6 Easy Herbal Remedies For the Summer
Summer is in full swing in the northern hemisphere. Nature abounds with plant and animal life. This is great for us outdoorsy folk but there is also the problem of heat, insects, sunburn, and poison ivy.
Here are six herbal remedies that can be made with common plants and household items. Just make sure that you make an absolute positive identification on plants collected for use.
Jewelweed (Impatiens capensis). This is a pretty little native plant found in damp, shady places across most of North America. It is used by gardeners who like to include native species in their landscaping. Use the fleshy stems like aloe leaves, breaking them open for the juice, to soothe dry or sunburned skin. If you come in contact with poison ivy, poison oak, or poison sumac, jewelweed juice can be rubbed on the area immediately after contact to prevent or reduce a rash. It can even be refrigerated or frozen as a tea for later use.
Common chickweed (Stellaria media). Found all over North America, this is considered a weed by many but is useful for a variety of reasons. Chickens love it as forage. This edible and nutritious mat-forming plant can be chopped into salads and cooked dishes for human consumption. Make a paste with its leaves and stems to soothe skin irritations, bites, and stings.
Plaintain (Plantago spp.). A weedy perennial of disturbed and compacted soils, plaintain was introduced to North America by European settlers. The young leaves are edible and highly nutritious, and the plant is well-known for its medicinal properties. Chew some leaves and apply it to areas affected by insect bites or stings, sunburn, skin irritation, minor cuts, infections, or boils. For a better treatment, make a poultice by grinding and adding to water then apply the paste to the affected area for 15 minutes. Brew as a tea for coughs and bronchitis.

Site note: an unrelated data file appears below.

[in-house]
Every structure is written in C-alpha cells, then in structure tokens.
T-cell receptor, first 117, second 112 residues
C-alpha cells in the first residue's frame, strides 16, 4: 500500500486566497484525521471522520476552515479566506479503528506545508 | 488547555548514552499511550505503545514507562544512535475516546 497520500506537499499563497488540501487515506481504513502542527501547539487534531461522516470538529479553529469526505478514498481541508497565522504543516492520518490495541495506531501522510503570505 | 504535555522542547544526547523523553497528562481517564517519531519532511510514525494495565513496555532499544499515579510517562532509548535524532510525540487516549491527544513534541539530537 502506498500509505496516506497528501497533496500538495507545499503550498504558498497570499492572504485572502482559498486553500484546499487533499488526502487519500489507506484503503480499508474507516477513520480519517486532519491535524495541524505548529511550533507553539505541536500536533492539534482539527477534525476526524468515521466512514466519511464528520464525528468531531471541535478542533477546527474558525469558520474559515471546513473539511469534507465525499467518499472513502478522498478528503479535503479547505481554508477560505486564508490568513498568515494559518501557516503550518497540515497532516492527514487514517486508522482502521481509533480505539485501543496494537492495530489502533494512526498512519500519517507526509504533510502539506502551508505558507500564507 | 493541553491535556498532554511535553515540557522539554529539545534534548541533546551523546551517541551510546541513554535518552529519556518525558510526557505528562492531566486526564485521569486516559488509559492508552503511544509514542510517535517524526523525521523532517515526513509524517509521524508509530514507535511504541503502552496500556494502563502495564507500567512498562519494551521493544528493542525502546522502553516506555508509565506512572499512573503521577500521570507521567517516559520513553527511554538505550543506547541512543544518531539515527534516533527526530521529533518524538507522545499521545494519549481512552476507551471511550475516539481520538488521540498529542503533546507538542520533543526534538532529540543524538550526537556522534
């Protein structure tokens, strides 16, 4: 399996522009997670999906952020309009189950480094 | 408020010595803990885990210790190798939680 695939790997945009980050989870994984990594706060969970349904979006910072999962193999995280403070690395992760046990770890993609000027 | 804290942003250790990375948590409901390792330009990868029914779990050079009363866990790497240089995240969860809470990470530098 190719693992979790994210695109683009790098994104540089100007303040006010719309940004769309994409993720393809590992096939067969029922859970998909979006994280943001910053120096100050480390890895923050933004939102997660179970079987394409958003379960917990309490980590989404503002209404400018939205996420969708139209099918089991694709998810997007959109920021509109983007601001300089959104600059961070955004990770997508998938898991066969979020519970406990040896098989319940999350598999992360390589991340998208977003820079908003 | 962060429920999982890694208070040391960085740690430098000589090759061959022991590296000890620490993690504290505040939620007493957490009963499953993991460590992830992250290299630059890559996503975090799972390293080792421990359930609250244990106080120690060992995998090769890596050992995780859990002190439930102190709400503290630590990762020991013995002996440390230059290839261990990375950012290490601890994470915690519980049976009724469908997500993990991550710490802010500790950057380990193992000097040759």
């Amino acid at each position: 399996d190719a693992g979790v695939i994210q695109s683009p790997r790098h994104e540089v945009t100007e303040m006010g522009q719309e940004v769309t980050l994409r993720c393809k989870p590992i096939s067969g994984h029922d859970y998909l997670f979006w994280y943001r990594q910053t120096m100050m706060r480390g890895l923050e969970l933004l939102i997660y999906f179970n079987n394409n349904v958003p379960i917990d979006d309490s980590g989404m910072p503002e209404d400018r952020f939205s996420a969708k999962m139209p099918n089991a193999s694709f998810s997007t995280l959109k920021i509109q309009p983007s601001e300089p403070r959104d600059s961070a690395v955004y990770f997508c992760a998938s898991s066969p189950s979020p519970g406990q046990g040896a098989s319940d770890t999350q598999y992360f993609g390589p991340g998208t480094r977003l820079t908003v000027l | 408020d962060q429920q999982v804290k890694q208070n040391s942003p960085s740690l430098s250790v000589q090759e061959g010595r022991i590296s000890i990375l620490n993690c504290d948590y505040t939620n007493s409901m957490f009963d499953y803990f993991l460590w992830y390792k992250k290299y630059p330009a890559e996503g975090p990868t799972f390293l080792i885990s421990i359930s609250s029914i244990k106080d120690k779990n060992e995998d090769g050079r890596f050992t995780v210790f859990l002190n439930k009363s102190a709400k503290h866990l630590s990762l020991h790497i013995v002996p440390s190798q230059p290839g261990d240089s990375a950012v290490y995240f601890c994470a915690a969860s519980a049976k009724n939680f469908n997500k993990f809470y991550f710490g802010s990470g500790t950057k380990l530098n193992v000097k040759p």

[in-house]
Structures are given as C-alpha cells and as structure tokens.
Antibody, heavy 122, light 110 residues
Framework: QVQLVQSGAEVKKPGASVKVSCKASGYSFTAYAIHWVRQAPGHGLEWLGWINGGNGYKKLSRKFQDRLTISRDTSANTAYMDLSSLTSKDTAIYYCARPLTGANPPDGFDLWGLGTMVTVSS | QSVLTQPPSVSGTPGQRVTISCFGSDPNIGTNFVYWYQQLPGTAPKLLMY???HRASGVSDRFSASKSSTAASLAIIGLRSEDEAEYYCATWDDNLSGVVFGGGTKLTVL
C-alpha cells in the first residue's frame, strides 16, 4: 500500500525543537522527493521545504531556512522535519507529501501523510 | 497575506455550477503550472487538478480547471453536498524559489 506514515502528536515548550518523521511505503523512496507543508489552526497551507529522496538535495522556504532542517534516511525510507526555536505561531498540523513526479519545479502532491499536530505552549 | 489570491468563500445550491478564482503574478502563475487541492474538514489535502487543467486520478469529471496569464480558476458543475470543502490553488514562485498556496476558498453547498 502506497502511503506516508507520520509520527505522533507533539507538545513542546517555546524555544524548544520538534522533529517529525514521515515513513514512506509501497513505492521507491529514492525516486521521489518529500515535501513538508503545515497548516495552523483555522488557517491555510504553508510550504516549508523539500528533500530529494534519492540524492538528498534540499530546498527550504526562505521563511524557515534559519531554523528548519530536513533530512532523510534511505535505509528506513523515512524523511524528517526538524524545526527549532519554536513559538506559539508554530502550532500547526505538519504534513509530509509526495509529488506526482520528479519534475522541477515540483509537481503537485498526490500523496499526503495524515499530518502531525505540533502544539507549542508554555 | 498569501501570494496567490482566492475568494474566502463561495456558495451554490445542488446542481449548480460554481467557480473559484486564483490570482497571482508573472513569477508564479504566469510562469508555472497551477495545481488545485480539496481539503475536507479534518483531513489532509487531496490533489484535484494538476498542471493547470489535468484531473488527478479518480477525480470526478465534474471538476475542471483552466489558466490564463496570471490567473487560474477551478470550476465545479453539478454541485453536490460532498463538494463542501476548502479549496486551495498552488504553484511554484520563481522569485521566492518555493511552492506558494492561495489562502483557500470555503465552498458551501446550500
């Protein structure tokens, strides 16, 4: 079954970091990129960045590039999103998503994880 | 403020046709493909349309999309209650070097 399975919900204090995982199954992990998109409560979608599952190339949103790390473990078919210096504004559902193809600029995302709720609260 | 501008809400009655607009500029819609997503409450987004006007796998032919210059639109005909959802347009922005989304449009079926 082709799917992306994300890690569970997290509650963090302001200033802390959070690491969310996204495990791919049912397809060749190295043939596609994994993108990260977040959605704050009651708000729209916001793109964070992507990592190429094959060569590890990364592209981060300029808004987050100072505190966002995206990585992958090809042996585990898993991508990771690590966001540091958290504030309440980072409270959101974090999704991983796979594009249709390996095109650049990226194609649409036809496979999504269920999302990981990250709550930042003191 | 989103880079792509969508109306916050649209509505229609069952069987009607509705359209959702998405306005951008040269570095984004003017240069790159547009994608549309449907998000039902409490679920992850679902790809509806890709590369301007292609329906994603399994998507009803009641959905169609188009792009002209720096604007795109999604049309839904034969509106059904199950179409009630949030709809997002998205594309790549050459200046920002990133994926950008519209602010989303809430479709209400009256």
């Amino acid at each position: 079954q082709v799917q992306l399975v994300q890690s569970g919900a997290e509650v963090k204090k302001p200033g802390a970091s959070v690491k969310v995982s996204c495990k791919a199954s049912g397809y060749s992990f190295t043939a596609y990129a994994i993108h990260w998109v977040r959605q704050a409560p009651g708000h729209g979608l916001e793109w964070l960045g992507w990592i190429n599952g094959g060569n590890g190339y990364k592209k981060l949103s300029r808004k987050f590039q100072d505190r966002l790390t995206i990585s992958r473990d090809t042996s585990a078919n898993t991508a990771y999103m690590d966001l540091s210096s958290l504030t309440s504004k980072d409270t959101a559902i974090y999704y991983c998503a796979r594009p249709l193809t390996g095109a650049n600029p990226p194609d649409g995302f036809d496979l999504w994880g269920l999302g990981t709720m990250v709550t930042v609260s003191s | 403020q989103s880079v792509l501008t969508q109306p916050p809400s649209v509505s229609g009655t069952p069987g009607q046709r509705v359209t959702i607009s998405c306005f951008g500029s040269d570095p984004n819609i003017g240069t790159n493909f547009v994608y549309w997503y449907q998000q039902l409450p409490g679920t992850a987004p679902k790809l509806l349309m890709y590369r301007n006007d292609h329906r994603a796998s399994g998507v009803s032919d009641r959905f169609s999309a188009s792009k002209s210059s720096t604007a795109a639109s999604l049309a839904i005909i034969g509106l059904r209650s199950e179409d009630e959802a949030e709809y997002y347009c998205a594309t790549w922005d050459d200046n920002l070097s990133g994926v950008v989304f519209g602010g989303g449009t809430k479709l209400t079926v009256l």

Peppermint (Mentha × piperita). Who doesn’t love the smell of fresh peppermint growing in a pot out on the patio? The hardy perennial will spread rapidly by underground stolons in garden soil, so it’s a good idea to keep it contained. The tasty tea of peppermint leaves is good for fighting headache, indigestion, bloating and gas. Cold tea or a poultice can soothe itchy, irritated skin. Keep a cold spray bottle of peppermint tea to spray on a hot face or irritated skin.
Ginger. The amazing and revered ginger root is the rhizome of the plant Zingiber officinale and has been cultivated for thousands of years for its edible and medicinal properties. It is also an ornamental plant used for landscaping in warm regions. While there are many folk uses, ginger is well-proven to be effective at preventing motion sickness. Make a tea with minced ginger root, eat candied ginger, or even drink a natural ginger ale with real ginger.
Oats. Soak in a hot tub of oatmeal. Seriously. But first, put the organic oatmeal into a blender to make it into a fine powder. Use 1 cup of oatmeal, blend into a powder, then mix in a regular bath and soak for 20 to 30 minutes. This will provide all-over relief for prickly heat, sunburn, multiple bug bites, or poison ivy rash, while unplugging skin pores.